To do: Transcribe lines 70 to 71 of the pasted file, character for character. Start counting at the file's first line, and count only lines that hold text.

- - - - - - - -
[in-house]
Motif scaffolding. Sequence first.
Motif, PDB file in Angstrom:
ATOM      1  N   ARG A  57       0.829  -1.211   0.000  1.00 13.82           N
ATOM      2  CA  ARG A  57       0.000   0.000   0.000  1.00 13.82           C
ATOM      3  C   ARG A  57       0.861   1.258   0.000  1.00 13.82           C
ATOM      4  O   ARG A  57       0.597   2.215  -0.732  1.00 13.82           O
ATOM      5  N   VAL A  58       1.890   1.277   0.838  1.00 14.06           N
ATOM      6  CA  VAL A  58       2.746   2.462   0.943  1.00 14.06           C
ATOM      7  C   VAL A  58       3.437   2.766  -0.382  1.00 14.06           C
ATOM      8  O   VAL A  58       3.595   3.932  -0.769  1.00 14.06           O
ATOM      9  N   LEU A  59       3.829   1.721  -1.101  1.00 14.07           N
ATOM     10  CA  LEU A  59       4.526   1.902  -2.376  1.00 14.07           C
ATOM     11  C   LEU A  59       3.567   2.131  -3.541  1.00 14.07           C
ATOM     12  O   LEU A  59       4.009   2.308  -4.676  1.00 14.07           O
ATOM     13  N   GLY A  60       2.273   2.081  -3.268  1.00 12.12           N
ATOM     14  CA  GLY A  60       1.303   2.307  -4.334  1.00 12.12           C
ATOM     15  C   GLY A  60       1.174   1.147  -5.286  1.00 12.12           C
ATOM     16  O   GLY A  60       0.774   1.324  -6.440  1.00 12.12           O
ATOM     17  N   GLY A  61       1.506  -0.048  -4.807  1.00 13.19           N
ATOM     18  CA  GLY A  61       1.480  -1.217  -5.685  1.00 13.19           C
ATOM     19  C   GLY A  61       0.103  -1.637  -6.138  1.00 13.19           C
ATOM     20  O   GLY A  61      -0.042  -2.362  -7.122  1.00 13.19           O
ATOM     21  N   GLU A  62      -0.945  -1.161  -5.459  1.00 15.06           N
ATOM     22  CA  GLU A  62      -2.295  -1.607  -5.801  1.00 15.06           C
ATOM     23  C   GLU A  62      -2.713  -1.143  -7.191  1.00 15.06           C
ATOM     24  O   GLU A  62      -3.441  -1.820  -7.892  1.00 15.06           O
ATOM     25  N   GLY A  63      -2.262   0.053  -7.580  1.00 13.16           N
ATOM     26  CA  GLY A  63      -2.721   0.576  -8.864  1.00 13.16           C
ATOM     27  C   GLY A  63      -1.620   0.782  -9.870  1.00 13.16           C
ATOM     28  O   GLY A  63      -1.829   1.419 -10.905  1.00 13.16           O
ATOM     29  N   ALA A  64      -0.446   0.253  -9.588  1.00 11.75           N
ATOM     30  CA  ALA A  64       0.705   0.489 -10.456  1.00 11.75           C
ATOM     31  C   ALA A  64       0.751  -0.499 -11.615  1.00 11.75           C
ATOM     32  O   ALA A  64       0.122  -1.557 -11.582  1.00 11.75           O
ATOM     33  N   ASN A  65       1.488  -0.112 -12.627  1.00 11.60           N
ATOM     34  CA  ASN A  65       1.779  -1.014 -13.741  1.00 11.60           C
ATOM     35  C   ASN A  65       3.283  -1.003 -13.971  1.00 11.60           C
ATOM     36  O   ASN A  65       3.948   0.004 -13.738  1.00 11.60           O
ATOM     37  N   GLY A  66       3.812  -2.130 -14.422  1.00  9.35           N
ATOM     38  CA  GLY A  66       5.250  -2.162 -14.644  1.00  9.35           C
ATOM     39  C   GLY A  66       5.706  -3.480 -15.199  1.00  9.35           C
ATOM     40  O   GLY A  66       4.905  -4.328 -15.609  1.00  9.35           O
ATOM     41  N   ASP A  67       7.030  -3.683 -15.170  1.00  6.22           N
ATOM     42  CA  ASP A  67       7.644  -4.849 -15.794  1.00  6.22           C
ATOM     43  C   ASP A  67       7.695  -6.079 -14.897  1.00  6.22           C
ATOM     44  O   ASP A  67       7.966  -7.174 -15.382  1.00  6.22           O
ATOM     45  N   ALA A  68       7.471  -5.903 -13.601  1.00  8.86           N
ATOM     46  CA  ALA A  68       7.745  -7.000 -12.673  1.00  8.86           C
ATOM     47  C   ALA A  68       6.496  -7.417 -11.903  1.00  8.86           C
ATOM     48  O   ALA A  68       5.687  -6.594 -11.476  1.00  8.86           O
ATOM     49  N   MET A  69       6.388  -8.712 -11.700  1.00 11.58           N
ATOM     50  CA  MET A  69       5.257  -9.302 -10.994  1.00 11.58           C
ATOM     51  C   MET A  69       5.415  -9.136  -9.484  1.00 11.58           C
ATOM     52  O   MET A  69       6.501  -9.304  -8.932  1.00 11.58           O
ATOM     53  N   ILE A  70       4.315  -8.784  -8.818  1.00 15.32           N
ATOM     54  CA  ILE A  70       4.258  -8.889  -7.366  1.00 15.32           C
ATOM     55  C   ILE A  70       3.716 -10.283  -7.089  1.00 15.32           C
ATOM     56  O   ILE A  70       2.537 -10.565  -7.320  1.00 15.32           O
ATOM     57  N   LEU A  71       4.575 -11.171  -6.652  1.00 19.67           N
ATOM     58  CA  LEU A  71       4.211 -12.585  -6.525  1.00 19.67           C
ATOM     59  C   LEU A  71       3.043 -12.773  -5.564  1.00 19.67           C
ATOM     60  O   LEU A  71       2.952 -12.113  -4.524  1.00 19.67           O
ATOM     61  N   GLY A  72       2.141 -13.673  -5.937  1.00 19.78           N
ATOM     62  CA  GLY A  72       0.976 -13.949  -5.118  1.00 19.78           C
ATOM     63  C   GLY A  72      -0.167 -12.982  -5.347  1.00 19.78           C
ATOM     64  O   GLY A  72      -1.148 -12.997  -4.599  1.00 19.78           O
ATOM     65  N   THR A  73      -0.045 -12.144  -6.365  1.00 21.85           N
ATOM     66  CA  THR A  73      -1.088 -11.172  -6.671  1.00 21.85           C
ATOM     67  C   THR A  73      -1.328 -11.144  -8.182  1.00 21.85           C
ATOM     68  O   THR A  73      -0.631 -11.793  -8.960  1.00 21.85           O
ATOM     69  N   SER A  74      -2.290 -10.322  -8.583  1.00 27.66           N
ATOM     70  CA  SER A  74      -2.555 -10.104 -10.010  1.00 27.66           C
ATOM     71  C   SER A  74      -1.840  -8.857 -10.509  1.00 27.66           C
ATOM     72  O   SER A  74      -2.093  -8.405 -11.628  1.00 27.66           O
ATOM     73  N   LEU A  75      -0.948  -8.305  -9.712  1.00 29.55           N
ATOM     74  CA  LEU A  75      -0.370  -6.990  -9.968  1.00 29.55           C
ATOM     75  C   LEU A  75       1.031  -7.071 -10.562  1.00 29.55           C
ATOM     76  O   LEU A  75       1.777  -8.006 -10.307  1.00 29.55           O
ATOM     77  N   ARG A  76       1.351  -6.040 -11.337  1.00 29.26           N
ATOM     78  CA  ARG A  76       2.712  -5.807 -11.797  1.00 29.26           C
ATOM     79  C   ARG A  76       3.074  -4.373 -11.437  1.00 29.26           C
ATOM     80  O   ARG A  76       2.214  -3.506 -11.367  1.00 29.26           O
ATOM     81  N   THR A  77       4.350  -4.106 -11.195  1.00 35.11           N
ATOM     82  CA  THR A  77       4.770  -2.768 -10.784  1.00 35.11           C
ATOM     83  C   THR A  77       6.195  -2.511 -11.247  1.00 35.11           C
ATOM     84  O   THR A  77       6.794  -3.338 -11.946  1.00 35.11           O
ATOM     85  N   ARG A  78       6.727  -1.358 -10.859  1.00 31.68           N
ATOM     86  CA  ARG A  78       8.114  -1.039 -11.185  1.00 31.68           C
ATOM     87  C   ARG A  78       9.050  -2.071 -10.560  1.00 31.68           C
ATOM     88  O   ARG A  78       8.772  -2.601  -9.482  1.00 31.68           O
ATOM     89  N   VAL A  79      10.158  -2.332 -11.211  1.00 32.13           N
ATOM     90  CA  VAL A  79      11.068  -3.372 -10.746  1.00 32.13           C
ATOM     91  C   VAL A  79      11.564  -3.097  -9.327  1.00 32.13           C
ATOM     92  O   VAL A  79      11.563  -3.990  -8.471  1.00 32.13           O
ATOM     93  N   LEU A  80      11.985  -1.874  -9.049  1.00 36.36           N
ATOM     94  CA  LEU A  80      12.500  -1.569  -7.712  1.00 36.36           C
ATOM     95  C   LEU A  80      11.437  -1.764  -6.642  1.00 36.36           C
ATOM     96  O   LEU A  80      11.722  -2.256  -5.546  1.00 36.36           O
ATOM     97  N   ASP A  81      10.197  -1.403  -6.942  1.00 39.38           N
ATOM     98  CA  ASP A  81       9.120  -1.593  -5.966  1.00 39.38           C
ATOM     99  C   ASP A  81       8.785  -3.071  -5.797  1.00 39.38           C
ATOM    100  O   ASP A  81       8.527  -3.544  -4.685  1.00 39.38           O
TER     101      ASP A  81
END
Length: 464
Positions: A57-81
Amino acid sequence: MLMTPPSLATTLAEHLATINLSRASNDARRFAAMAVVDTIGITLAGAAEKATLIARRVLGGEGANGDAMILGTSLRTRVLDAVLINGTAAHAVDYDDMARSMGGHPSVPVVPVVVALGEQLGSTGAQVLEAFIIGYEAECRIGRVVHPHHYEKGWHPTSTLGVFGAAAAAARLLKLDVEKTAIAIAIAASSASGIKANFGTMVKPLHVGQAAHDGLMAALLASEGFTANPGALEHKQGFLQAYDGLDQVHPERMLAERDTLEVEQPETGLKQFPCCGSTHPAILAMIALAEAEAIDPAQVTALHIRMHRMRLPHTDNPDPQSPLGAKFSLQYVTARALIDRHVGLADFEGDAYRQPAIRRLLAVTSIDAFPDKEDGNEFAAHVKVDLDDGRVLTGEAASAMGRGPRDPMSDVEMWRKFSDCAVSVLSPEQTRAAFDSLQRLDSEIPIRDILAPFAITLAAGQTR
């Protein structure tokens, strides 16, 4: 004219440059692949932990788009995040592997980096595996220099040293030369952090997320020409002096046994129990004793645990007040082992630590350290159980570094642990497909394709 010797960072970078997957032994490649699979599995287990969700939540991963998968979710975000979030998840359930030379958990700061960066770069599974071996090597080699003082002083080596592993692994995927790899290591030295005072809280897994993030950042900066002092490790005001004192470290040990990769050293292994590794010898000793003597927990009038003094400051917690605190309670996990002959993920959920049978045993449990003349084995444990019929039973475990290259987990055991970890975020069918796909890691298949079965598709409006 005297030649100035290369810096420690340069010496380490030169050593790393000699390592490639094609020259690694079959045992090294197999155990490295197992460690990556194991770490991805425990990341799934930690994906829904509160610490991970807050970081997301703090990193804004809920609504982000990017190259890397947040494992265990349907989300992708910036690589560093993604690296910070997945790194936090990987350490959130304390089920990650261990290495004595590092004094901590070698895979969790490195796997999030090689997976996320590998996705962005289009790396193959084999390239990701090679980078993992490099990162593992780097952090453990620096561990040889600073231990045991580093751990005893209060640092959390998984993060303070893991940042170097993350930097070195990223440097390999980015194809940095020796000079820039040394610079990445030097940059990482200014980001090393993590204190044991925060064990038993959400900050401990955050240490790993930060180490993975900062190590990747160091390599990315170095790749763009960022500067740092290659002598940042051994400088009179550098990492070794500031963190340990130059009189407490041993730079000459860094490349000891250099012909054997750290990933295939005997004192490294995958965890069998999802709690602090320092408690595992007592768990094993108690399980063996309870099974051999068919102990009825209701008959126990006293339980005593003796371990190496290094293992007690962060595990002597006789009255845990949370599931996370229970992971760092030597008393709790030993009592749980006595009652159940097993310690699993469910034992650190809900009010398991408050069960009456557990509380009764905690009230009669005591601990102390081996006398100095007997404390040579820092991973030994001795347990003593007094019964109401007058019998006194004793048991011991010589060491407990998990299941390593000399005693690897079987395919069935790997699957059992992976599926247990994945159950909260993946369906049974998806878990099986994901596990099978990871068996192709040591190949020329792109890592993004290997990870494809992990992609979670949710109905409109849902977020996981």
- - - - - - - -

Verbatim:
ATOM     67  C   THR A  73      -1.328 -11.144  -8.182  1.00 21.85           C
ATOM     68  O   THR A  73      -0.631 -11.793  -8.960  1.00 21.85           O